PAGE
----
I recently mentioned in this space how I once harboured ambitions to become a yuppie - or at least to own some yuppie accoutrements.

Instead I've grown up to become a nipple: A Northern Irish Protestant Professional Living in England. Or at least I have if journalism can be considered a profession.

Lots of my schoolfriends are nipples too. Many of us who crossed the sea for university ended up getting jobs in England and putting down routes here. And everywhere I've gone in England I've come across more of them. Nipples seem to be everywhere.

I've always been happy to argue a case for nipple status. It does everyone good to get away from home, change their scenery, widen their horizons and see how things are done elsewhere - even if they decide to return later on.

We're only on this planet once. Why spend all our time in one tiny corner of it?

Many of my fellow nipples are firmly anchored to England with spouses and children. I'm unencumbered with either, so in my more sentimental moments I wonder whether I should move back one day.

Usually the feeling passes before too long. Maybe I will when I retire. But just lately the case for anyone to stay in Northern Ireland has become rather stronger.

It's a great place for a career in politics.

How would you like a job with a salary of £49,500 and which allowed you to take 19 months off on full pay? It sounds like nice work if you can get it. And there are 90 such jobs in Belfast.

The Northern Ireland Assembly has been suspended since January 2017, which earns it a place in the record books.

Its stern-looking neo-classical building in Stormont in east Belfast has been silent for 548 days now - beating the previous record set by Belgium, which had no government for 541 days in 2010-2011.

The assembly was suspended when the two ruling parties, the Democratic Unionists and Sinn Féin, had a big falling out.

When DUP leader Ian Paisley was first minister and Sinn Féin's Martin McGuinness was deputy, the two previous bitter enemies became best mates. Pictures of them laughing together earned them the nickname "The Chuckle Brothers".

Unfortunately relations weren't as cordial with one of Paisley's successors, Arlene Foster. She was blamed for the waste of almost £500 million.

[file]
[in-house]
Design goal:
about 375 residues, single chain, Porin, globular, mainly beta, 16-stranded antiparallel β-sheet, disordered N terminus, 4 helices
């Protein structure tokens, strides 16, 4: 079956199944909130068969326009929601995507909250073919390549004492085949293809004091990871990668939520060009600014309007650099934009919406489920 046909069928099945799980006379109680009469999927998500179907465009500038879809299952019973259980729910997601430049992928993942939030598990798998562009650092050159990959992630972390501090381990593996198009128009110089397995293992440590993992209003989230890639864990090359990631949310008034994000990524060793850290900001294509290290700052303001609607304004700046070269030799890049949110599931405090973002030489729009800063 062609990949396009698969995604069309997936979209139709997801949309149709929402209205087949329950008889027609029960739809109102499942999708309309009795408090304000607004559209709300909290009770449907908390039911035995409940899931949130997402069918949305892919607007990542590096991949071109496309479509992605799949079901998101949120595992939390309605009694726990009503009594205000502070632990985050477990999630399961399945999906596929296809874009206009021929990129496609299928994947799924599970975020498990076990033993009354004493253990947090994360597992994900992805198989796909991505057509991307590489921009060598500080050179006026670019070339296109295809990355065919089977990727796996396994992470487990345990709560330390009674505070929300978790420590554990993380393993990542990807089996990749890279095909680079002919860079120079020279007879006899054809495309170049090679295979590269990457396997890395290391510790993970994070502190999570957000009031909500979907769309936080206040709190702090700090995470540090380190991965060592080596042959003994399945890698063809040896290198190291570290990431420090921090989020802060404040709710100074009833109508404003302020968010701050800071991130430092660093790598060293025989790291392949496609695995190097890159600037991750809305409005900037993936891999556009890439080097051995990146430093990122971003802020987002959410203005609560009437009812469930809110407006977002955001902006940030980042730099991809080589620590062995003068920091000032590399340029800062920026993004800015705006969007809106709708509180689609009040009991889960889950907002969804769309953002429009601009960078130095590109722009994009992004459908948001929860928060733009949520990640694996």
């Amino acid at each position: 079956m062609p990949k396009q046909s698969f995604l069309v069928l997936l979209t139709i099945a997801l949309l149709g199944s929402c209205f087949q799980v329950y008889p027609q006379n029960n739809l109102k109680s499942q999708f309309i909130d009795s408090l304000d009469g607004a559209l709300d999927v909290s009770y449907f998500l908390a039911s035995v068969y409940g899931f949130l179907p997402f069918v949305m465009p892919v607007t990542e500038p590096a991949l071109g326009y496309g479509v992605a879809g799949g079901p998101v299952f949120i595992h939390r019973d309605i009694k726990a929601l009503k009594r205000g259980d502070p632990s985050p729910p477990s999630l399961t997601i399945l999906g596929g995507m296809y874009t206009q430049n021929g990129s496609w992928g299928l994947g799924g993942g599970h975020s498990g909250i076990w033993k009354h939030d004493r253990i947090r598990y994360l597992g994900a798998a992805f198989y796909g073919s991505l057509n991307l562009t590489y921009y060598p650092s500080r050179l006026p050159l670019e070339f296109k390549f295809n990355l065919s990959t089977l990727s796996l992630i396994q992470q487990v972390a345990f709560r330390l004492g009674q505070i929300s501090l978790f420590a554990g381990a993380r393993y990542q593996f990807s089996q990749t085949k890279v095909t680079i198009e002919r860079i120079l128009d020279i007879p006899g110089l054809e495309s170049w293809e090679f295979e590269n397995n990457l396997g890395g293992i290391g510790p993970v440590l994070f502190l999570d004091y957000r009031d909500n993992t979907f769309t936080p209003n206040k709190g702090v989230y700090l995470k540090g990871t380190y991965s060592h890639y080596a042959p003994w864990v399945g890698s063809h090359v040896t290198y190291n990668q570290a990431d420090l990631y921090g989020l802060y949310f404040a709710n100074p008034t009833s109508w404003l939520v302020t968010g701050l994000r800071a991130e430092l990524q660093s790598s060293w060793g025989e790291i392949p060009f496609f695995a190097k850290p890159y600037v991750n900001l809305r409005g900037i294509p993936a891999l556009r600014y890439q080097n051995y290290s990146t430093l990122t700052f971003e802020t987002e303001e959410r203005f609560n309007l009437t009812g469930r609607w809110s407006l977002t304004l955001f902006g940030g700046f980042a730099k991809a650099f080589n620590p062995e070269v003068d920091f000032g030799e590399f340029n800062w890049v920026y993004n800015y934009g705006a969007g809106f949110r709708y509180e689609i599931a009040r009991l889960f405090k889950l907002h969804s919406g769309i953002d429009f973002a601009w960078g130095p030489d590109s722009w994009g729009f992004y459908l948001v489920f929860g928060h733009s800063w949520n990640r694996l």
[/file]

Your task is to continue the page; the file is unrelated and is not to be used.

Back in 2012 when she was enterprise minister she set up the "renewable heat incentive", offering payments to anyone who generated energy through renewable sources rather than by burning fossil fuels.

But the scheme was open to abuse. Some claimants were heating empty buildings just to collect the money, and a massive overspend was run up. But she refused to resign, saying it wasn't her fault.

So McGuinness resigned and pulled the plug on the whole executive. Since then they've found other reasons not to put the plug back in.

Sinn Féin want a law giving official status to the Irish language in Northern Ireland and the DUP don't. They don't see eye to eye on marriage equality or abortion either.

But there are plenty of other issues they could be concerning themselves with, such as compensation for victims of abuse at state-run homes and institutions and investigations into terrorist crimes.

They also need to turn their attention to Brexit - something the majority in Northern Ireland voted against.

Exports from Northern Ireland to the Republic are worth £3.4 billion to the north's economy every year.

Assembly members are called MLAs - Members of the Legislative Assembly - and even though they haven't been turning up at the moment they're still collecting their salaries.

They've cost the taxpayer more than £9 million since Stormont was suspended. And that's not including their pensions or expenses.

The overall cost will be even higher - though it will still be less than the renewable heat incentive fiasco has cost.

Cutting salaries might focus their minds a little.

Not everyone's complaining. David Lynn, head of building services at Stormont, says it's been a great opportunity to get important repairs done.

They can't make noise while the assembly is sitting and had to confine the work to the recesses. "I've been treating this as one giant recess," he says.

The building is 86 years old, and we all need some restorative work when we're 86. But repairing the building looks like an easier job than repairing the political cracks.